Another great piece of commentary by David Aaronovitvch in today’s Times. My own limited experience of swearing oaths, however, is not auspicious and hardly qualifies me for recommending it to others. I was 12 or 13 and my friend Brem and I had been persuaded by a third friend, David, to join his Scouts brigade. So on the Friday evening we popped along to the scout hut in Beith, not taking the whole thing seriously to start with. And when they all stood to attention and someone marched to the front of the hall and unfurled the Union flag, Brem and I couldn’t hold in our laughter any longer. We fled, never to return (until one night in 1981 when the hut caught fire and, along with a large crowd, we watched it being consumed by the flames. Very dramatic).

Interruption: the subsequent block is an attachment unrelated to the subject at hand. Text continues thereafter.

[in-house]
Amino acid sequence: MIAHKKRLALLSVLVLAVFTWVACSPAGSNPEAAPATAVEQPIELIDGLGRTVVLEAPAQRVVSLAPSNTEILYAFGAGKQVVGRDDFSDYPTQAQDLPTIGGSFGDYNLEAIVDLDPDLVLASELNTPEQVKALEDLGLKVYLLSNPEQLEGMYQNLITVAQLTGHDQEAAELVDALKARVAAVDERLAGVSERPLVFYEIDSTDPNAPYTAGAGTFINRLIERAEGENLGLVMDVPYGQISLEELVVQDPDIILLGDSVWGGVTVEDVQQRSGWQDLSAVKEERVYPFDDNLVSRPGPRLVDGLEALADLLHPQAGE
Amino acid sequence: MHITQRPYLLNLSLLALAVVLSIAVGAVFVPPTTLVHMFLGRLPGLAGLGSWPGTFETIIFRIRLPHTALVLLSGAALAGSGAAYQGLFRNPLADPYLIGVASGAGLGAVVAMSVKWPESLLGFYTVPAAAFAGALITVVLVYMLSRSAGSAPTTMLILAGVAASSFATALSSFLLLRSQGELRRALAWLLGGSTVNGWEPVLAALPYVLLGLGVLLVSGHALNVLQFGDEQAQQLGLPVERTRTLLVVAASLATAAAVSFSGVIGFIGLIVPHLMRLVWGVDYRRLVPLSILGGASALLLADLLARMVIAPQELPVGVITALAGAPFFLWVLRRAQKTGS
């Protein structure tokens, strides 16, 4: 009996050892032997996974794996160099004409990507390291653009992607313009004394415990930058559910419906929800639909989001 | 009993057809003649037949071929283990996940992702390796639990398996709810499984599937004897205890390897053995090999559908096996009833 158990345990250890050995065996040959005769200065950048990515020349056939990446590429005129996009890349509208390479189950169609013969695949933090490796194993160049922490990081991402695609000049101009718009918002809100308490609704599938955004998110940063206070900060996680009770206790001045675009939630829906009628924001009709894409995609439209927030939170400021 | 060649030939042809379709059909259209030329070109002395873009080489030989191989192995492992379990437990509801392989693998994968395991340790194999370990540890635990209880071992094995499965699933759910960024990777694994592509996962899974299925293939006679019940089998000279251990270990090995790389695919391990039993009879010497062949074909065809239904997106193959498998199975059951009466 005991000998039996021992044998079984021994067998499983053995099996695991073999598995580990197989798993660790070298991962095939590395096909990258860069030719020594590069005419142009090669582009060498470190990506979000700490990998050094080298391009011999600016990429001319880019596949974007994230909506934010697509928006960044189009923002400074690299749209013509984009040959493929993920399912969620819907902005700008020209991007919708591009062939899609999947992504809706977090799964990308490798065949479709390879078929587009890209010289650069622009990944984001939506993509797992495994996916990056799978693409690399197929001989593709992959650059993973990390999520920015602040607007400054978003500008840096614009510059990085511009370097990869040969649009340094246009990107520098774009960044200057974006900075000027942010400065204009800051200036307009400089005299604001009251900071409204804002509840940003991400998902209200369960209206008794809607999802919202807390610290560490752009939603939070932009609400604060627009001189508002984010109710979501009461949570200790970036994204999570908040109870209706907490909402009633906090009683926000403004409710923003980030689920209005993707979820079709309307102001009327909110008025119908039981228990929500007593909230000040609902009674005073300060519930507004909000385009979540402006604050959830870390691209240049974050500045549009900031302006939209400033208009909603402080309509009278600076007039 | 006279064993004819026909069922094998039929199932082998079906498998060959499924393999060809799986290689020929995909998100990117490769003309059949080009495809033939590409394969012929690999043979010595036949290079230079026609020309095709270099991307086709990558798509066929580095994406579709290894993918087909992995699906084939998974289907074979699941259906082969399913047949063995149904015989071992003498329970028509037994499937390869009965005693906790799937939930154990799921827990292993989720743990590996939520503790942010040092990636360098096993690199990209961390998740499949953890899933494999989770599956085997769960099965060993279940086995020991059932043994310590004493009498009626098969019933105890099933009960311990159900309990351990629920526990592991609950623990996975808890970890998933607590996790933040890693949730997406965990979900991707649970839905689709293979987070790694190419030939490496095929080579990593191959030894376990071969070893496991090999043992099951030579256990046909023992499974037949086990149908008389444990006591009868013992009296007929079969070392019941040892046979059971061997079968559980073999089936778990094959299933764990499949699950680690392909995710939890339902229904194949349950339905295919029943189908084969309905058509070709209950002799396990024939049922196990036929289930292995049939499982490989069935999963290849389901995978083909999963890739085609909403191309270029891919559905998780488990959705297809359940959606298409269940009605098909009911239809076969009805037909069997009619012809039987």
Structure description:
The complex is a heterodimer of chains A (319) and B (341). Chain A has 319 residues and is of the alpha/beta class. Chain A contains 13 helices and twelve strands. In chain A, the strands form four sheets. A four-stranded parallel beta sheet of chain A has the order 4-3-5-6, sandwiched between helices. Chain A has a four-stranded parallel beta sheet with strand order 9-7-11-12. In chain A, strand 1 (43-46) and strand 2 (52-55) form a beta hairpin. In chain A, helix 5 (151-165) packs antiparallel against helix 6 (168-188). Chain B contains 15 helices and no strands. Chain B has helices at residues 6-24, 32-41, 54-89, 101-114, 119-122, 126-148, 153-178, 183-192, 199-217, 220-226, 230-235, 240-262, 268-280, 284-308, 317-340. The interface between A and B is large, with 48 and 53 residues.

So I’m thinking: if, in 1977, a couple of fairly straight, respectful teenagers couldn’t take a flag unfurling as seriously as those scouts, what are the chances of persuading today’s generation of youngsters? Nevertheless, the idea of an oath swearing ceremony has merit. So does the idea of a Britain or British Day. I know the UK can never be like the United States, but we’re far too quick to look down our noses at a nation that sees nothing wrong – and everything right – in professing love for one’s country. The idea of positive patriotism is unfashionable, but it might become less so if we can actually start talking about it instead of ignoring it.